Old-Fashioned Yeasted Waffles & Cuisinart Waffle Maker Giveaway
When was the last time you made homemade waffles? I’m guessing it was way too long ago to remember. I get it. Your waffle maker is buried deep in your cupboard and you’ve got frozen waffles that please your family just fine. Well, sometimes all you need is a little inspiration and a fabulous recipe that you know will make it worthwhile. As you can probably tell, I have one for you.
But before we get to that, let me tell you about this giveaway. I’m happy to announce that I’ll be hosting some amazing cookware giveaways this year, courtesy of my new sponsors. First up is this top of the line Cuisinart waffle maker in brushed stainless steel. With a 6-slice capacity, it’s ideal for a family. For a chance to win, simply leave a comment below the post on my blog. The winner will be chosen by a random number generator and notified on January 19th. (You must be a Once Upon A Chef email or feed subscriber and resident of the contiguous US to participate.)
Okay, back to the waffles. A few months ago, I got an email from one of my readers (hi Carol!) asking if I had a good waffle recipe. I didn’t. The truth is I never bothered, especially since pancakes are so easy to make instead. But Carol got me thinking: waffles are so basic, my kids love them, there’s so much junk in the frozen kind…I really should have a recipe on my site, and more importantly, I should make them! And so the search for the perfect waffle recipe began.
I experimented with at least a dozen different recipes and these old-fashioned yeasted waffles were, hands down, my favorite. The addition of yeast makes them somewhat of a cross between bread and pancakes. Despite the fact that they sound a little strange, they’re the ideal waffle: light and crisp outside, delicate and creamy inside, not overly sweet, with a slight tang that offsets your sweet topping of choice beautifully. Unlike other homemade waffles, which quickly become soggy and heavy, these stay deliciously crisp, no matter how much your children drench them with maple syrup.
You’ll be happy to know that making them is a cinch. You mix the ingredients together the day before, let the batter rest in the fridge overnight…in the morning, all you do is roll out of bed, sip your coffee, stir and pour. The only caveat is that you have to think ahead. (I don’t know about you, but I’m always thinking about my next meal so this is not a problem.)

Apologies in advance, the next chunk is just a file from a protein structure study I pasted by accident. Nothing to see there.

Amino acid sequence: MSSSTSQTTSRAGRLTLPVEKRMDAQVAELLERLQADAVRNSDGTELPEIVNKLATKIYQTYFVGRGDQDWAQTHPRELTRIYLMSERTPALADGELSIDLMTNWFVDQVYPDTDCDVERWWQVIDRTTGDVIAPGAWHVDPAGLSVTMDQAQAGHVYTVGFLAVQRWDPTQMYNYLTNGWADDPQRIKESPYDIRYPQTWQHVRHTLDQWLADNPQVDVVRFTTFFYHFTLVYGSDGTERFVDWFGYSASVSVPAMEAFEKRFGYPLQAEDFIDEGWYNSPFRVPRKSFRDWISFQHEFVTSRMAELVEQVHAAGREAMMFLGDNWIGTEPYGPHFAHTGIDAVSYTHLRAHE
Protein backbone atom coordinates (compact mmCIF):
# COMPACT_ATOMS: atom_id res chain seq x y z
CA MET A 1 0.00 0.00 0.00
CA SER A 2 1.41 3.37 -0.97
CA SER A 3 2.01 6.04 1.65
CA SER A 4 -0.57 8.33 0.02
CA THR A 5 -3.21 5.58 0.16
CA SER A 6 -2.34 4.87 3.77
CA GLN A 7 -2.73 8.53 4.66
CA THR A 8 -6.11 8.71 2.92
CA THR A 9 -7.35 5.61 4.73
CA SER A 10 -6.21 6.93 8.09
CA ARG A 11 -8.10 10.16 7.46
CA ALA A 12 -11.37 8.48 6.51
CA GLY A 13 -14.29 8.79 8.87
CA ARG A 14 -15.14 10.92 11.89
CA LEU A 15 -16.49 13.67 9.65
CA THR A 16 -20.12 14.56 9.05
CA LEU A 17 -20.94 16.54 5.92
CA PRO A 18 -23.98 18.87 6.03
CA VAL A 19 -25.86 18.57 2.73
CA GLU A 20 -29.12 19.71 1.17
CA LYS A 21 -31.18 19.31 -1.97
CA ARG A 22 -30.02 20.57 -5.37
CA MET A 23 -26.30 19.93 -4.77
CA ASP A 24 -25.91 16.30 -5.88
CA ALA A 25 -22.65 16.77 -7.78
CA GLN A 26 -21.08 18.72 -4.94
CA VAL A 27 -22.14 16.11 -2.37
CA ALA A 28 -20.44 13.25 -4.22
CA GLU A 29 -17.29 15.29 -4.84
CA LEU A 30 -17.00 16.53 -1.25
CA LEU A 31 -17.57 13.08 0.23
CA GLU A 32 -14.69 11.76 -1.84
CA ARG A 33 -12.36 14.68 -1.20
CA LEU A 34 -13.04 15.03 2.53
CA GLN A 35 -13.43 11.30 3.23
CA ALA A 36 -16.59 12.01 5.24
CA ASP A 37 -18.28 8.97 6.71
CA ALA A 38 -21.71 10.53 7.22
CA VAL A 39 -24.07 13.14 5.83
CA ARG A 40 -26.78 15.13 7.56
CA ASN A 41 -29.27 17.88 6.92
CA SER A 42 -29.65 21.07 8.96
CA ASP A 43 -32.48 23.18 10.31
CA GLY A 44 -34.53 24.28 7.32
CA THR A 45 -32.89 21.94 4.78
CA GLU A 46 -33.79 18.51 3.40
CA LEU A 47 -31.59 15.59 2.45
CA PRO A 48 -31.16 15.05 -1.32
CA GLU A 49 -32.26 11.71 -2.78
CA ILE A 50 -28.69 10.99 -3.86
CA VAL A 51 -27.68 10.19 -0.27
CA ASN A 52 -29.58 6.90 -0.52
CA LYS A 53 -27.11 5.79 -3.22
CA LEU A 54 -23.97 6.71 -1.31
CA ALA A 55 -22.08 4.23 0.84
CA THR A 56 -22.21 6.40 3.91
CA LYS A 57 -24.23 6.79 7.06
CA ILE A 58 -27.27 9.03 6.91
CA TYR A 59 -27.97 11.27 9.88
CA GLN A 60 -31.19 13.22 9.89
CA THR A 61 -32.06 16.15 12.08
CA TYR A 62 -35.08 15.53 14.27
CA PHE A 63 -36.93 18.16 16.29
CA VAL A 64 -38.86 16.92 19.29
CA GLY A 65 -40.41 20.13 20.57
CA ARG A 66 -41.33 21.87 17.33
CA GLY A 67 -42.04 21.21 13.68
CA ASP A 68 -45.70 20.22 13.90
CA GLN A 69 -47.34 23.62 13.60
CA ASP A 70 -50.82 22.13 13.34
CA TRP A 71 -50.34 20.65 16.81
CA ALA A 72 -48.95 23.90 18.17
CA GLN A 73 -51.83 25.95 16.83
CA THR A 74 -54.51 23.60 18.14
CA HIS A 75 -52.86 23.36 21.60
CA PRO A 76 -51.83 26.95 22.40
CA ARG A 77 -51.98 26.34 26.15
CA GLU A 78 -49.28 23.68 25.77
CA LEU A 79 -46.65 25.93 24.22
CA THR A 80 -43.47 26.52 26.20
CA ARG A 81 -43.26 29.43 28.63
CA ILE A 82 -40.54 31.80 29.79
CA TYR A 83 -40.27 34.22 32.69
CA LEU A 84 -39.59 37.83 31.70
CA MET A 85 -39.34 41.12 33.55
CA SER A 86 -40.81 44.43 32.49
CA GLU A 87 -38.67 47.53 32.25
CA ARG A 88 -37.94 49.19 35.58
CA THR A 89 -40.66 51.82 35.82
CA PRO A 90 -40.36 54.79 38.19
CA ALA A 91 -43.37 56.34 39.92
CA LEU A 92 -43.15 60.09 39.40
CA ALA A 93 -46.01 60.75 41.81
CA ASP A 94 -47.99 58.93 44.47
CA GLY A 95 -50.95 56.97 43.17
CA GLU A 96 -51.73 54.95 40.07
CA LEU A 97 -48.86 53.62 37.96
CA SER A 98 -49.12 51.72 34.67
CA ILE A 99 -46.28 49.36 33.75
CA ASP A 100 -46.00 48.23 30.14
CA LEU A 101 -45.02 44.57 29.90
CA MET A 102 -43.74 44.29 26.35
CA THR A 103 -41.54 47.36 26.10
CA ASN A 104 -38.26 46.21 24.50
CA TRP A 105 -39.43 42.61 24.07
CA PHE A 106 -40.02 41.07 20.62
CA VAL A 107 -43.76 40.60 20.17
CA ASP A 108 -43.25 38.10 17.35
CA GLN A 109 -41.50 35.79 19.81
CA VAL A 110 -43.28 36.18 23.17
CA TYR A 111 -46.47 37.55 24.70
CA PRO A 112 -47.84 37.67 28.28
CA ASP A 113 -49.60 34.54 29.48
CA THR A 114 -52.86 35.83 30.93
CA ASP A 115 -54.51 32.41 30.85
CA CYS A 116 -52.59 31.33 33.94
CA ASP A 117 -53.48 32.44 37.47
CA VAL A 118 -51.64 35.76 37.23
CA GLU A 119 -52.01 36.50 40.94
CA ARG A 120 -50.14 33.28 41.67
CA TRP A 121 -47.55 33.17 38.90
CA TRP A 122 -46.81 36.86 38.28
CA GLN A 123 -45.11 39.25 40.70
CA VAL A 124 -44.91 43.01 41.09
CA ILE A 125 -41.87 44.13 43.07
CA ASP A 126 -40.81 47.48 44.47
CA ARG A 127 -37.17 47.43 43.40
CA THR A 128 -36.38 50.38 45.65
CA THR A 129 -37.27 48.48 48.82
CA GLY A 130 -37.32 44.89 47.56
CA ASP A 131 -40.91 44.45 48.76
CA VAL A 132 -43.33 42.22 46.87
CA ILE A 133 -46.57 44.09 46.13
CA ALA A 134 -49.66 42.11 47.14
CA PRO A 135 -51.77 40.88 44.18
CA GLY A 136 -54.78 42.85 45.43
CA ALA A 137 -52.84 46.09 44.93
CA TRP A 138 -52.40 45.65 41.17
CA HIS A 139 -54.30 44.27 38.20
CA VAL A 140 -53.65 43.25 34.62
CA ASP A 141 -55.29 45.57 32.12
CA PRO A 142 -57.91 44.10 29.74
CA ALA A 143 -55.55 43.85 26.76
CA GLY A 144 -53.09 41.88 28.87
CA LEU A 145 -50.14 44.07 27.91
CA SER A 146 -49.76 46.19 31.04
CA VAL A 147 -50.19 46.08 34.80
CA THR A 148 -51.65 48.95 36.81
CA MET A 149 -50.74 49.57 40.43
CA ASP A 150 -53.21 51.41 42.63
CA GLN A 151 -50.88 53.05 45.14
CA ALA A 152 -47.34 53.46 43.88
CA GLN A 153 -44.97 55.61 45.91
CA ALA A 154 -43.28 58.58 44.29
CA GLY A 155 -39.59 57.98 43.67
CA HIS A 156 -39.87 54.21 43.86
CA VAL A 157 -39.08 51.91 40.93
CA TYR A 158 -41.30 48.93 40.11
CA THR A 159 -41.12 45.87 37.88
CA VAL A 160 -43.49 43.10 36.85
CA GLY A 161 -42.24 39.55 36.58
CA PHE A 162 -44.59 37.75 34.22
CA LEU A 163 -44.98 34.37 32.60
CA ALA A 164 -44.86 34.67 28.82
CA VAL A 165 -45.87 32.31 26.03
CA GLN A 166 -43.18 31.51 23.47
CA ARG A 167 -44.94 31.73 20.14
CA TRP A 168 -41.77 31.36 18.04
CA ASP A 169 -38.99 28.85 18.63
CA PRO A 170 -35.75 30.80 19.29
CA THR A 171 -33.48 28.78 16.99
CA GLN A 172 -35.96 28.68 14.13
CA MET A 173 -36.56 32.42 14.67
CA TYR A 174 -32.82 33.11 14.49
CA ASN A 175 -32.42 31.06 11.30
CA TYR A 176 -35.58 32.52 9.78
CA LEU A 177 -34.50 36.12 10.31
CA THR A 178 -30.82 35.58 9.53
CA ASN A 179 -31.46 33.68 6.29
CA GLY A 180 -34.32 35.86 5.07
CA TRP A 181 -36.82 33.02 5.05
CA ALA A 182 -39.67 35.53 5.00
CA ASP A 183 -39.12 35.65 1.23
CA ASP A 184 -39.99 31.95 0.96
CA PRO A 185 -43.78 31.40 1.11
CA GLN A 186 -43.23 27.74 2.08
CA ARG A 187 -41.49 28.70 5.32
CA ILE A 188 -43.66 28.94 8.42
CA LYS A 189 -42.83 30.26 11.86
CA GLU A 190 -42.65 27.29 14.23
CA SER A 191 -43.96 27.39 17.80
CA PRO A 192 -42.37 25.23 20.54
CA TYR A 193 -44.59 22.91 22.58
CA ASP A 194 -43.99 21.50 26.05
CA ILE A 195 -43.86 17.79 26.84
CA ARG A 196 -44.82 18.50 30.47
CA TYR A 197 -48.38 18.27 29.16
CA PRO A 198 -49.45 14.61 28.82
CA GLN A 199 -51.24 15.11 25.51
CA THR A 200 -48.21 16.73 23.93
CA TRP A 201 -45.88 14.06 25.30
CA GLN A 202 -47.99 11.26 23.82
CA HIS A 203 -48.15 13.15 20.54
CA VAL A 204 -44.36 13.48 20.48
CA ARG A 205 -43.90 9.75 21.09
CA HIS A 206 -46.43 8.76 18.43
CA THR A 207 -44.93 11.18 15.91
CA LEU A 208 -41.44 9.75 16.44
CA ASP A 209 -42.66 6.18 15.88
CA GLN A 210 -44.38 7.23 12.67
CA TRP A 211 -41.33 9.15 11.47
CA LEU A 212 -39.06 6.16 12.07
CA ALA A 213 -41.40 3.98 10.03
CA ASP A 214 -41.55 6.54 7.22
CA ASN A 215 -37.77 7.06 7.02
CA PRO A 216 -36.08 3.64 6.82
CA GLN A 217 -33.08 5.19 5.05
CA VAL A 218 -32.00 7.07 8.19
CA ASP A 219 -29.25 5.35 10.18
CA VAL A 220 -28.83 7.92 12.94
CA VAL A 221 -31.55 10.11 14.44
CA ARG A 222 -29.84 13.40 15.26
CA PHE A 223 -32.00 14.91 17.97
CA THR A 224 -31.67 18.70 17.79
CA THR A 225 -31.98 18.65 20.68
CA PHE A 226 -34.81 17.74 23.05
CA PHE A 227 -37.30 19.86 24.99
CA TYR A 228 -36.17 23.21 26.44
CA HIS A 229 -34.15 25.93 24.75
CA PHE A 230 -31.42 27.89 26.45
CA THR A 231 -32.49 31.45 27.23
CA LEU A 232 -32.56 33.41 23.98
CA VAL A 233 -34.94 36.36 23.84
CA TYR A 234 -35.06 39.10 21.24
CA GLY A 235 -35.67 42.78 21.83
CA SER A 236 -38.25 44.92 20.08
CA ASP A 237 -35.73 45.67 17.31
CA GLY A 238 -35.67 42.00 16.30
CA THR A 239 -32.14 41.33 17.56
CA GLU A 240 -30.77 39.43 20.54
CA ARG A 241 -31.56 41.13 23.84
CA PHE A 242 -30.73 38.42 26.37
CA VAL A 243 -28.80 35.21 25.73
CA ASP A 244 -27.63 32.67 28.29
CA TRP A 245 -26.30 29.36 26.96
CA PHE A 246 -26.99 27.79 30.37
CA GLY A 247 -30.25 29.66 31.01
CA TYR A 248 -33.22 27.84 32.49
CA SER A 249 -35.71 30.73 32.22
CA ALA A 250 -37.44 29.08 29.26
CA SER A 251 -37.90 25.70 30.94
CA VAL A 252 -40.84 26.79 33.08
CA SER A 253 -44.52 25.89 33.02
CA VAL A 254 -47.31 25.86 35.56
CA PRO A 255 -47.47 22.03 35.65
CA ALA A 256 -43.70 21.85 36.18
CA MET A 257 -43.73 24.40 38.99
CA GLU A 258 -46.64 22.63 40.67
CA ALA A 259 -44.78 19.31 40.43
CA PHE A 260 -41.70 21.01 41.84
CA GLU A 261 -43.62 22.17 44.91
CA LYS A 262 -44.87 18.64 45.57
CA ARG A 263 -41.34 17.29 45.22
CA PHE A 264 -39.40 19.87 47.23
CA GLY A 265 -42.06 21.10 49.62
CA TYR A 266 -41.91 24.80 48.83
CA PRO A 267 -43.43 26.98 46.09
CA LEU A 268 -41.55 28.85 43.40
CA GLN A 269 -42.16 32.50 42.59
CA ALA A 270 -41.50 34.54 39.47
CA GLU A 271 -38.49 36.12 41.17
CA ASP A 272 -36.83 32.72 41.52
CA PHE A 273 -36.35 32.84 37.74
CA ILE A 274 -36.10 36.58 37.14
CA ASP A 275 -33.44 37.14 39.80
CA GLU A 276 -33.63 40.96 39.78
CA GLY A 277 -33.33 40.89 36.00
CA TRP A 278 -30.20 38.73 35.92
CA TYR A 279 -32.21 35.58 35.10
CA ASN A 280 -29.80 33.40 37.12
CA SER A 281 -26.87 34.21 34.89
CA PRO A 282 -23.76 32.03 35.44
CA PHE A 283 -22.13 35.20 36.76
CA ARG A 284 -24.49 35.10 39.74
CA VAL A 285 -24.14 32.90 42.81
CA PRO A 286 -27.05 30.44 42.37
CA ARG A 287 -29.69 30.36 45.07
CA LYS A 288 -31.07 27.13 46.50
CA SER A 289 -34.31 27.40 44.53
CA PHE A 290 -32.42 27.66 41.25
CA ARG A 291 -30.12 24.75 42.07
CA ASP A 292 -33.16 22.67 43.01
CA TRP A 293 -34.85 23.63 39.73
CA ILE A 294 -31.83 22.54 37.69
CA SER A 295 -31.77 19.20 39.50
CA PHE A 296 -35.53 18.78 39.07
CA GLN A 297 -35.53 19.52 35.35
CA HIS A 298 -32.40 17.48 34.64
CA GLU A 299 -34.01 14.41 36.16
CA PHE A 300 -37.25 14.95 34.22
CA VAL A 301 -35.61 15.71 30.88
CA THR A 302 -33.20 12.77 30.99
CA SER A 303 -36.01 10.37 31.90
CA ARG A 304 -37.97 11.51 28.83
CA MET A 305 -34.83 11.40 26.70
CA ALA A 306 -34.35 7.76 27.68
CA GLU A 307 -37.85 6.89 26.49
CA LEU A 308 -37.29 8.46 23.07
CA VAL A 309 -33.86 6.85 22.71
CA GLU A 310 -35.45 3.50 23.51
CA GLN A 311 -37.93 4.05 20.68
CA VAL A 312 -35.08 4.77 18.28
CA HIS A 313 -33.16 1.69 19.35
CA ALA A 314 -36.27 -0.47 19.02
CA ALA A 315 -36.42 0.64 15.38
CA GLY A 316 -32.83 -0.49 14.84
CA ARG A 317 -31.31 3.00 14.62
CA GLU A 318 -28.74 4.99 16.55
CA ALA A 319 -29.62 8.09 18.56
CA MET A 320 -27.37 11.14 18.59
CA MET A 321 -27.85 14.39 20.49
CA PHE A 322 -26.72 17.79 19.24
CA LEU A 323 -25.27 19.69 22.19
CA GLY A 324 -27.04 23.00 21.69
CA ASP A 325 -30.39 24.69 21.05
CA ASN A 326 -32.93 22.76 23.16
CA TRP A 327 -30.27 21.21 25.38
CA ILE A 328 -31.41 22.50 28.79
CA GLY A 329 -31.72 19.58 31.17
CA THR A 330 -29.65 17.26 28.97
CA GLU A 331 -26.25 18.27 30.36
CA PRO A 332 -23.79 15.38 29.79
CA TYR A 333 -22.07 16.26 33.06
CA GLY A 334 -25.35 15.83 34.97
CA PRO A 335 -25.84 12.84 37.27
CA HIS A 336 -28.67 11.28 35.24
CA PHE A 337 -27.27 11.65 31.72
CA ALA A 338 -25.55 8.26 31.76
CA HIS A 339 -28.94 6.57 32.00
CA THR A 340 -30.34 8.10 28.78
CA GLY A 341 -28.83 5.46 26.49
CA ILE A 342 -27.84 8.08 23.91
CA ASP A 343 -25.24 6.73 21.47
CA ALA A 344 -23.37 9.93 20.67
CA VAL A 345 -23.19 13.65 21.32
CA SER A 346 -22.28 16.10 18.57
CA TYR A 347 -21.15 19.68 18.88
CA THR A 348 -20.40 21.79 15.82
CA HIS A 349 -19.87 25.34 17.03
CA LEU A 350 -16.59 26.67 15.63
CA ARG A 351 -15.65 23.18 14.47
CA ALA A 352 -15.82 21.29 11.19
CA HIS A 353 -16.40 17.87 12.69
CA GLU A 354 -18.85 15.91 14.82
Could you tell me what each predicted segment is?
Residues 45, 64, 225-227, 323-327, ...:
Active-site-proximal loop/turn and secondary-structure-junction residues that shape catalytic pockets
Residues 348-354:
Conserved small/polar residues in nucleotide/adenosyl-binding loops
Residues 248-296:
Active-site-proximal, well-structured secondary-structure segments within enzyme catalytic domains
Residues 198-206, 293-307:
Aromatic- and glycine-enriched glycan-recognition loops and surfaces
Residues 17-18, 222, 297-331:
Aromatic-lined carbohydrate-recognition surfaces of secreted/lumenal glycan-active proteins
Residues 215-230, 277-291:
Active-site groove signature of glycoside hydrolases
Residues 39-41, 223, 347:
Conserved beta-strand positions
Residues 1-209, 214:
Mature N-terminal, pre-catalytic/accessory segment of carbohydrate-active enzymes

But be forewarned: once you make homemade waffles for your family, they will start requesting them!
Comments for this post are now closed. Congrats to Beth J. who won!
Old-Fashioned Yeasted Waffles
Adapted from Cook’s Illustrated
Makes 10-12 small (4×5-inch) waffles
1¾ cups milk (whole, low-fat, or skim)
8 tablespoons unsalted butter, cut into 8 pieces
2 cups unbleached all-purpose flour
1 tablespoon granulated sugar
1 teaspoon salt
1½ teaspoons instant dry yeast (I used Red Star, just shy of one packet)
2 large eggs
1 teaspoon vanilla extract
1. Melt the butter in small saucepan over medium-low heat; add milk and heat until warm to the touch, a few minutes. Set aside.
2. Whisk flour, sugar, salt and yeast in a large bowl to combine. Gradually whisk warm milk/butter mixture into flour mixture, and continue whisking until batter is smooth. In a small bowl, whisk eggs and vanilla until combined, then add egg mixture to batter and whisk until incorporated. Scrape down sides of bowl with rubber spatula, cover bowl with plastic wrap, and refrigerate at least 12 and up to 24 hours.
3. Heat waffle iron according to manufacturer’s instructions. Remove waffle batter from refrigerator (batter will be foamy and doubled in size) and whisk to recombine (batter will deflate). Spray waffle iron with non-stick cooking spray and cook according to manufacturer’s instructions. Serve waffles fresh from the iron for best results.
*If you’d rather hold the waffles and serve them all at once, place them on a wire rack set above a baking sheet, cover with a clean kitchen towel, and place the baking sheet in preheated 200 degree oven. When the final waffle is in the iron, remove the towel to allow the waffles to crisp for a few minutes. Alternatively, you can hold the waffles on a wire rack and reheat them gently in a toaster oven as you need them.
As always, be sure to measure your flour correctly. Spoon it into a dry measuring cup and continue until the cup is overflowing, then use the back edge of a knife to level off the flour even with the top edge of the measuring cup. It makes a difference!